I lived and worked in Denver for 9 years. From November through March, I could assume that every knee injury that walked through my door was due to skiing. It was a somewhat unique patient population, and I learned pretty quickly the biomechanics of skiing and how to help people prevent injury. When I moved to Hawaii, we didn’t exactly have a “ski season”. You know what we did have? Sun, sand and surfing.
I remember the first patient I saw who said she injured herself surfing. I listened to her story and had NO IDEA what she was talking about. I had to make her get down on the floor and show me what paddling looked like. She had to draw diagrams and talk with her hands. I had to guess what surfing exercises to give her that would help the most. I realized that day I better learn about this surfing thing if I was going to help my patients.
I fell in love with surfing. I was never a big skier or snowboarder – I kind of hate being cold – but put me on a board under a perfect blue sky, with clear water all around and turtles swimming underneath me and I am a happy girl (I’m not quite used to this SoCal cold water surfing thing yet, but I’m getting there). I am not good by any stretch of the imagination, but I can hold my own and at least get a great workout. If nothing else, I am happy just sitting on my board, watching my friends surf and getting a tan.
Surfing is HARD, friends. Really hard. I guess everything is hard the first time you do it, but this was an entire set of muscles I had never used before. Yes, keeping your balance is hard and, yes, timing a wave is hard. But do you know what else is hard? Paddling. Surfers do it because they have to in order to get out to the waves, but it’s not easy. It’s also where most of the chronic injuries associated with surfing happen.
The most common paddling position involves lying on your stomach with your arms in the water at the sides of the board. Your head and chest are lifted to see where you are going, and your arms paddle through the water to propel you forward. If this sounds easy, get down on the floor on your stomach and lift your arms, head and chest off the ground. Don’t support yourself in any way – just lift actively. Stay there for ten minutes, and you’ll start to see why paddling is so hard.
Efficient paddling in this position requires three things: 1) a good amount of thoracic spine extension (the thoracic spine is the middle portion of your spine), 2) shoulder and rotator cuff strength and 3) core strength to support both of these things.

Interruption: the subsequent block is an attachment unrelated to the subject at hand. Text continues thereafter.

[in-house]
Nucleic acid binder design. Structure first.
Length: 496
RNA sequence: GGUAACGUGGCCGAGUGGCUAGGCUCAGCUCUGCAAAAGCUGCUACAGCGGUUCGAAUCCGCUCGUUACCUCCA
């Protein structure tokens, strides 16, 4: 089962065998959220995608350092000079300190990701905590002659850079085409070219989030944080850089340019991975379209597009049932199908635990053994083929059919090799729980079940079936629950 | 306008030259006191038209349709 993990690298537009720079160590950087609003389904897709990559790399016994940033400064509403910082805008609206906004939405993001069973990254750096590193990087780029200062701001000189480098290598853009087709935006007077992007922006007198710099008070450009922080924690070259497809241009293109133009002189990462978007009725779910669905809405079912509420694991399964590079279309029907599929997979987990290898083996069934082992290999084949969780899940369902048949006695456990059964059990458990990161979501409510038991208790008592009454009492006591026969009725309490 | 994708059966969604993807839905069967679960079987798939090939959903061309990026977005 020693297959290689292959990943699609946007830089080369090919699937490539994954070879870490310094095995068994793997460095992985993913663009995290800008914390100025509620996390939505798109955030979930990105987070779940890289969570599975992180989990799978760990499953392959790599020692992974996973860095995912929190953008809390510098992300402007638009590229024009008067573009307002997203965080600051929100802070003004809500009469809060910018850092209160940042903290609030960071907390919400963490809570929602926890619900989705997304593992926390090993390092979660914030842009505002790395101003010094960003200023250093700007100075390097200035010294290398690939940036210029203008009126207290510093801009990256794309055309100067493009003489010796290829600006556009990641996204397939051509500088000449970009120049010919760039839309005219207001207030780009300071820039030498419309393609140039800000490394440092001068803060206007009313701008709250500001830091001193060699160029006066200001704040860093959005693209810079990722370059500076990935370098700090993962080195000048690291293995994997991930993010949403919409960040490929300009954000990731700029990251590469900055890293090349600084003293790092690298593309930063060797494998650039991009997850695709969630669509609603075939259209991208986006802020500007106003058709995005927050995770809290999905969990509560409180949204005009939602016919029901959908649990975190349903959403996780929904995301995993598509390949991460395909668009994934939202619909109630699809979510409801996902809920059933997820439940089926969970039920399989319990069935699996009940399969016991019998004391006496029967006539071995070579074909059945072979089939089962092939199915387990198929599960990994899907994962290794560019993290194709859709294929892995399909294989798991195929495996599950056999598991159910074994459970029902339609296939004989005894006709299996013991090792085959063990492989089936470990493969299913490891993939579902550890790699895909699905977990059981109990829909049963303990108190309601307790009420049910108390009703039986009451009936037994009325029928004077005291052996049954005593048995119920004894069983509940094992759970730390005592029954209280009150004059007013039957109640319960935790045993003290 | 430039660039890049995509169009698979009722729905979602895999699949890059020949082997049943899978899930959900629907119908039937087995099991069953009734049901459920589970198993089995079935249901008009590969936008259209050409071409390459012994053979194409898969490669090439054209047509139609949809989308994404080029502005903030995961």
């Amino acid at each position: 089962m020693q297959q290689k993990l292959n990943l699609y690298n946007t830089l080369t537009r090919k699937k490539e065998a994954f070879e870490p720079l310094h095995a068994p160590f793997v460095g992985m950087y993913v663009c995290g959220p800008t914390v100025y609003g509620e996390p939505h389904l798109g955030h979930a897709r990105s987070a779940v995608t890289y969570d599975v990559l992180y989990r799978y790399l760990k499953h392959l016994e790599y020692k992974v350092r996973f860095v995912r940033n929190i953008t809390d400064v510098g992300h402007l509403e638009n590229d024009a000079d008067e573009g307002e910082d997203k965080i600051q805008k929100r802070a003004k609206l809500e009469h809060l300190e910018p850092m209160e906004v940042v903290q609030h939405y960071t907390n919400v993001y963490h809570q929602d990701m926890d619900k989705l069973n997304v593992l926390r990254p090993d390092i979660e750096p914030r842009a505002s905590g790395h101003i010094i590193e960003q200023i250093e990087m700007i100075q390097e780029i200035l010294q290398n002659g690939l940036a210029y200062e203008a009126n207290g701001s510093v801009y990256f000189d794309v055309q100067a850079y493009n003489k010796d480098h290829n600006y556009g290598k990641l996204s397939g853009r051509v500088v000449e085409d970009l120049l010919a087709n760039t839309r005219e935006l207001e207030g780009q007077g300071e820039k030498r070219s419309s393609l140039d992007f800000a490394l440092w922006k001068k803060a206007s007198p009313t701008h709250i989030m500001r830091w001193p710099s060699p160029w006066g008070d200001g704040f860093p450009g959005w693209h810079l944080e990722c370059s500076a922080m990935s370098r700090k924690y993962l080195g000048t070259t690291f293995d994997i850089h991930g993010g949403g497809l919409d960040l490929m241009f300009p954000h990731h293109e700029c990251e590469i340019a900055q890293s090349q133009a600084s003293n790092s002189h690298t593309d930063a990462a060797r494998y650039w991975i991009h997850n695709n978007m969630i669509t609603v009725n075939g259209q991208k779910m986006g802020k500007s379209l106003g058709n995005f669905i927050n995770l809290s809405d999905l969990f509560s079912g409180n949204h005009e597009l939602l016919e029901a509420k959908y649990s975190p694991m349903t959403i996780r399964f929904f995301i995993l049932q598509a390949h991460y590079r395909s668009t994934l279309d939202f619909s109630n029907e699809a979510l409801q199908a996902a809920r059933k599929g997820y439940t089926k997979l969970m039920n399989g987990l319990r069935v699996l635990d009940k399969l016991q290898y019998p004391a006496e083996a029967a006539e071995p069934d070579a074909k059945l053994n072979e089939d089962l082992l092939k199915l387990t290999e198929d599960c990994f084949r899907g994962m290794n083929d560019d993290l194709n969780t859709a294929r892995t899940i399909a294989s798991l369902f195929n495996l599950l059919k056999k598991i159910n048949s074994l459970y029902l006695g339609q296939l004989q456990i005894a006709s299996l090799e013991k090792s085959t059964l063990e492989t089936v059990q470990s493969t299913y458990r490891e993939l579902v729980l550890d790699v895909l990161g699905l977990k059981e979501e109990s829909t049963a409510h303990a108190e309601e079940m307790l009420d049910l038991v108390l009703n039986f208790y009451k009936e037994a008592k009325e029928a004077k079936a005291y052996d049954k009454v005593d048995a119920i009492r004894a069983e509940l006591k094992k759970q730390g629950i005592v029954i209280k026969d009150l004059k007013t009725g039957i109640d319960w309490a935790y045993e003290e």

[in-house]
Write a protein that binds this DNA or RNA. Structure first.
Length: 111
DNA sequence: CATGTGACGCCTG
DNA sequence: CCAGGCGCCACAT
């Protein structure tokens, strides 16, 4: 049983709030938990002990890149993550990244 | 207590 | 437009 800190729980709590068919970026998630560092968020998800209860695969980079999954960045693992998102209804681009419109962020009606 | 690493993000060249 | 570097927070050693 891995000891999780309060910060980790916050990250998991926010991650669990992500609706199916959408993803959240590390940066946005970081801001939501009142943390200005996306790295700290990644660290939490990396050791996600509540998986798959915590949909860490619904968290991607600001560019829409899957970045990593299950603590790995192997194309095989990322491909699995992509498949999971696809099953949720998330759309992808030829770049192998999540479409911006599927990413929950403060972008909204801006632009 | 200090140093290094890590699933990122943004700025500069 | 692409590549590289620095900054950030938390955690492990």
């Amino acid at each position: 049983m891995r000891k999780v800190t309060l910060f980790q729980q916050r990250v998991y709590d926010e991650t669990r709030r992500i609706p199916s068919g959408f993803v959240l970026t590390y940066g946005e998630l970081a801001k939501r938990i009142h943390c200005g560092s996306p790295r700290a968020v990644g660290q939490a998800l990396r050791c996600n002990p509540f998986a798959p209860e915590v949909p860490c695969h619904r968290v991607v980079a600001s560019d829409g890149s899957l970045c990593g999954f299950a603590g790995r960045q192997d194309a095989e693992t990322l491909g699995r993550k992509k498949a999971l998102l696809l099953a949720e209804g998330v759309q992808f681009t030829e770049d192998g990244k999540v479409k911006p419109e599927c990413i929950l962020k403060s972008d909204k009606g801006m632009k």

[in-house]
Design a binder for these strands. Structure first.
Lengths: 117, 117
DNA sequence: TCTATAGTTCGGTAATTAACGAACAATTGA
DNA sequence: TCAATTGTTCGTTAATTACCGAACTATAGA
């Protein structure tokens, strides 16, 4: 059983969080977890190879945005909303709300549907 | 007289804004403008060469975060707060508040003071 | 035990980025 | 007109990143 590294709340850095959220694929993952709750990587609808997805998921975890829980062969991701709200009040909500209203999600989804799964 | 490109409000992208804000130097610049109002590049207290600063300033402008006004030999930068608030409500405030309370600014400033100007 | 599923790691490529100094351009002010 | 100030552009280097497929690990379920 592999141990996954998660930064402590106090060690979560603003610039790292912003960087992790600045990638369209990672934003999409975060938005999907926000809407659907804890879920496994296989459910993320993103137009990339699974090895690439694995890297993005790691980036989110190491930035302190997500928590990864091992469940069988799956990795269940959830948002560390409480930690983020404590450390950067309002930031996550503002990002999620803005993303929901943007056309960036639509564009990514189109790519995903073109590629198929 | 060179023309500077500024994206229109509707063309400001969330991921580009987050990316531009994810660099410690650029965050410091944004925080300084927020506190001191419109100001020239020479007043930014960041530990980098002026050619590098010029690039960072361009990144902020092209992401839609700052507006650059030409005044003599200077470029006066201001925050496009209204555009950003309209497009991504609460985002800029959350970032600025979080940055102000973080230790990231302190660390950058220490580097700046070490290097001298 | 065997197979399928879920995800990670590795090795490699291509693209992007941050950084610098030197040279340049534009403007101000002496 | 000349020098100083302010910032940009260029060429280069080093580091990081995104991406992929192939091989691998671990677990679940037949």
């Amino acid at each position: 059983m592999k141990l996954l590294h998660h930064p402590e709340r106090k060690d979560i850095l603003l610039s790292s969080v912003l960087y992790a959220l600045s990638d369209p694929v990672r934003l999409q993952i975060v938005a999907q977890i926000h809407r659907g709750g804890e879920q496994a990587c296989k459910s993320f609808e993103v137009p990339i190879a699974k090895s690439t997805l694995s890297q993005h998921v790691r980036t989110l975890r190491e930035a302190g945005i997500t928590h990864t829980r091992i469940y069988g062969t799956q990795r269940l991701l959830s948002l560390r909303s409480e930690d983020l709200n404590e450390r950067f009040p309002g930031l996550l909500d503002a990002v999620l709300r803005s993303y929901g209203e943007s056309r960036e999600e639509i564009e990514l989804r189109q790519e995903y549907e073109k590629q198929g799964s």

Thoracic extension. The body needs to get the eyes and head forward during paddling to see where it’s going. Most people have a limited amount of thoracic extension, either due to hunched positions all day in front of the computer or general stiffness in the spine. When the body can’t get extension in the thoracic spine to help get the head lifted, it either lifts ONLY the head (causing nerve impingement in the neck) or it lifts and extends completely from the lumbar spine, causing instability and pain.
Shoulder instability. The other thing that happens with a stiff thoracic spine is shoulder instability. In general, when there is limited thoracic motion, the shoulders end up with too much motion to try and make up for it. With the amount of strain already put on the shoulders during paddling, this extra workload can lead to tendinitis and inflammation in the shoulders.
Core strength. Surfers don’t usually think of the core as important during paddling, but it is! A strong core and specific surfing exercises help prevent pain and instability in the low back, and helps to support the extension in the thoracic spine. When the core is strong, the shoulders can also move more fluidly and efficiently. You can think of the core here as the foundation of a strong and efficient paddling motion.
I’ve put together a short home workout of surfing exercises that targets these three areas and can help prevent injury and improve paddling strength in surfers. As a side note, rock climbers have very similar issues as surfers when it comes to injuries! This would be a great workout for any rock climber as well. As always, check with your doctor before making any changes in your exercises. Please let me know how you like it, and enjoy the waves!